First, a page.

"On 13 April, the Japanese government decided to dispose of the nuclear wastewater from the Fukushima nuclear plant accident by discharging it into the sea. As a close neighbor and stakeholder, the Chinese side expresses grave concern over this. ... This is highly irresponsible and will severely affect human health and the immediate interests of people in neighboring countries," the Chinese Foreign Ministry said in a statement.
It further called on its neighbor to reevaluate the decision and wait until a consensus is reached with the International Atomic Energy Agency expert team and all stakeholders through consultations.
"China will continue to watch closely the developments of the matter together with the international community and reserves the right to make further reactions," the ministry added.
The Japanese branch of the Greenpeace non-governmental environmental organization, in the meantime, has also strongly condemned the government's decision to dispatch some 1.23 million tonnes of radioactive wastewater.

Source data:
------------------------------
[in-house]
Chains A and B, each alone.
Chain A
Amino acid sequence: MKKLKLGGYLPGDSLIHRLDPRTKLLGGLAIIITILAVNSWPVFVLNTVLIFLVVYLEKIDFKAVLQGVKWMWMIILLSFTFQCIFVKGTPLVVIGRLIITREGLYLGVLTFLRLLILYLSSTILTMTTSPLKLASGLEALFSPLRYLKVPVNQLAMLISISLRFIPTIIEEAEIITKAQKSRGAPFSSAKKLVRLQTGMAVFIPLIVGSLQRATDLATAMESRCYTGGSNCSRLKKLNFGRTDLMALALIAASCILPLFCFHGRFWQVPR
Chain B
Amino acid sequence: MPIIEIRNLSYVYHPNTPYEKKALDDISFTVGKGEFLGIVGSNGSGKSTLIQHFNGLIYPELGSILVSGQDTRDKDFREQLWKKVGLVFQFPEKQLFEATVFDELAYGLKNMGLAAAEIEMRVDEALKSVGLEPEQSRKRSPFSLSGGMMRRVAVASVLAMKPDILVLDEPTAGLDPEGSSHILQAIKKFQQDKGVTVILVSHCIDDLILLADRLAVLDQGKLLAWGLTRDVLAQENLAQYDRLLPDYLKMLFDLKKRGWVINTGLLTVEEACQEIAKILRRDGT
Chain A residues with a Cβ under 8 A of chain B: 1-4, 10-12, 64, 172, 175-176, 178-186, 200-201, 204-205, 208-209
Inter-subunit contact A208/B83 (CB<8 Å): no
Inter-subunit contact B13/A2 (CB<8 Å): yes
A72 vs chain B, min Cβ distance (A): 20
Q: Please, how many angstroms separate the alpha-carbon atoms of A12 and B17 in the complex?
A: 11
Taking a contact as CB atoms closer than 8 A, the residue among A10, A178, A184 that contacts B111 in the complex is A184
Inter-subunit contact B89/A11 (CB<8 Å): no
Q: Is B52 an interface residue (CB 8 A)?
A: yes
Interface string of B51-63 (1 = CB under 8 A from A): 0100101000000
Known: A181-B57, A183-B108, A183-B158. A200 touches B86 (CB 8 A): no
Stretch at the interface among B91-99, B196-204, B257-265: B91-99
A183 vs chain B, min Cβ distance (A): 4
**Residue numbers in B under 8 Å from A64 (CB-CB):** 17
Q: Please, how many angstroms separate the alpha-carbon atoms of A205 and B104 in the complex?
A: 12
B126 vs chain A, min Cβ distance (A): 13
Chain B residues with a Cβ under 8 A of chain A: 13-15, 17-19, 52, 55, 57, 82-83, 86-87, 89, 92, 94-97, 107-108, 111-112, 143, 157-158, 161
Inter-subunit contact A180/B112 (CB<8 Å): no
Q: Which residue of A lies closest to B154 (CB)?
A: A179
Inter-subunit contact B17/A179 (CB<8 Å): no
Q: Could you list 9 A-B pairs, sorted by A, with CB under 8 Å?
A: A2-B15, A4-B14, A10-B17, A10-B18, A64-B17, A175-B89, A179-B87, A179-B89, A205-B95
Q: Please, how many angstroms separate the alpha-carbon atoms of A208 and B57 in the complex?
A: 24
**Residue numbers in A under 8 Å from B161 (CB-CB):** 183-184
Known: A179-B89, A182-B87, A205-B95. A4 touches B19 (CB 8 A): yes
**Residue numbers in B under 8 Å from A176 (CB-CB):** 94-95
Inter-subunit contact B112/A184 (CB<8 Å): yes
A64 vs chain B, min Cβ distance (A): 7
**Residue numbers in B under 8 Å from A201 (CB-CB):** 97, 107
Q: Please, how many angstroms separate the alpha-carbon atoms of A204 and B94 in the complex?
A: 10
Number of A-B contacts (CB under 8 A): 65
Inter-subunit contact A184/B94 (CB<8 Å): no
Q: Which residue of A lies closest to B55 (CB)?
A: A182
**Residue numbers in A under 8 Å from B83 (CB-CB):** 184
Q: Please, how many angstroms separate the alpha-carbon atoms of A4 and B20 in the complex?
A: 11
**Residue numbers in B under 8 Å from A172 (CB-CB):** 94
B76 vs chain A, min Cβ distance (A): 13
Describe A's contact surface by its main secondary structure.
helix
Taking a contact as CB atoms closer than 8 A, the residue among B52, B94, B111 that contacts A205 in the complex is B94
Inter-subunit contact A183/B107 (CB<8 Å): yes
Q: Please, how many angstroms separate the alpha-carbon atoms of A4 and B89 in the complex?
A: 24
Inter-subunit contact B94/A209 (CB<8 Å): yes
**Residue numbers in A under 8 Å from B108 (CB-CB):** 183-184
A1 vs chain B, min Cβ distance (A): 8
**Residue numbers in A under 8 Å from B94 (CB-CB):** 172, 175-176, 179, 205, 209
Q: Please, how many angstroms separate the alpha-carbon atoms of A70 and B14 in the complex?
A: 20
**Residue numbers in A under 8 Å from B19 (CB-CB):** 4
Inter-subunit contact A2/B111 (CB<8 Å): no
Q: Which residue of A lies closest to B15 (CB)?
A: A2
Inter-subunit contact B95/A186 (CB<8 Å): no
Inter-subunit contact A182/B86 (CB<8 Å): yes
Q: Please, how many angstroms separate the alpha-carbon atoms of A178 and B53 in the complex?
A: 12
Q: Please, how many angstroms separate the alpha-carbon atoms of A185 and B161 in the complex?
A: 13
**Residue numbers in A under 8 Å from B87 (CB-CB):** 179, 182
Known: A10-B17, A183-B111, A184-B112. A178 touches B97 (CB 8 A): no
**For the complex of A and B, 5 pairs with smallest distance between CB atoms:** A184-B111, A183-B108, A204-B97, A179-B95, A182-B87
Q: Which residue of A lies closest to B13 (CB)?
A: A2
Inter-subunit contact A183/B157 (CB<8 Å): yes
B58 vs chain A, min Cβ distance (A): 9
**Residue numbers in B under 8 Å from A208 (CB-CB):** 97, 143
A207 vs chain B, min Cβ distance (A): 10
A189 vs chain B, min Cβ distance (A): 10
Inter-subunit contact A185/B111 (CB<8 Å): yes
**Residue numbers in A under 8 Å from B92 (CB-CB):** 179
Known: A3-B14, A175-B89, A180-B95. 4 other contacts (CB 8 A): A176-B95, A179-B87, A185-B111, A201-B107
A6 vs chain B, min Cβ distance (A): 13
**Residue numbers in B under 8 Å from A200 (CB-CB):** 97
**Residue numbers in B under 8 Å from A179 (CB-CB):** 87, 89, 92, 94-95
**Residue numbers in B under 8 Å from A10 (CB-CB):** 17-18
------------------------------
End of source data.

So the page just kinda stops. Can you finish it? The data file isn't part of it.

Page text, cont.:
"The Japanese government has once again failed the people of Fukushima. The government has taken the wholly unjustified decision to deliberately contaminate the Pacific Ocean with radioactive wastes. It has discounted the radiation risks and turned its back on the clear evidence that sufficient storage capacity is available on the nuclear site as well as in surrounding districts," Kazue Suzuki, the climate and energy campaigner at Greenpeace Japan, said.
Earlier in the day, the Kyodo news agency reported that Japan had finalized its decision to release toxic water into the ocean, as the NPP was running out of storage capacity. Despite neighboring states' concerns, Japan's leadership said there would be no negative impact on the environment or human health.
Japan warned in December that it was running out of storage capacity and would release the water used to cool the Fukushima Daiichi reactor into the Pacific in 2021, prompting concerns of pollution among neighbors. The wastewater discharge is now planned for 2023, but only after it is greenlighted by the Nuclear Regulation Authority.
The Fukushima NPP was heavily damaged in March 2011 after a 9.0-magnitude earthquake in the Pacific Ocean triggered a massive tsunami that hit the plant and caused three nuclear reactors to melt down.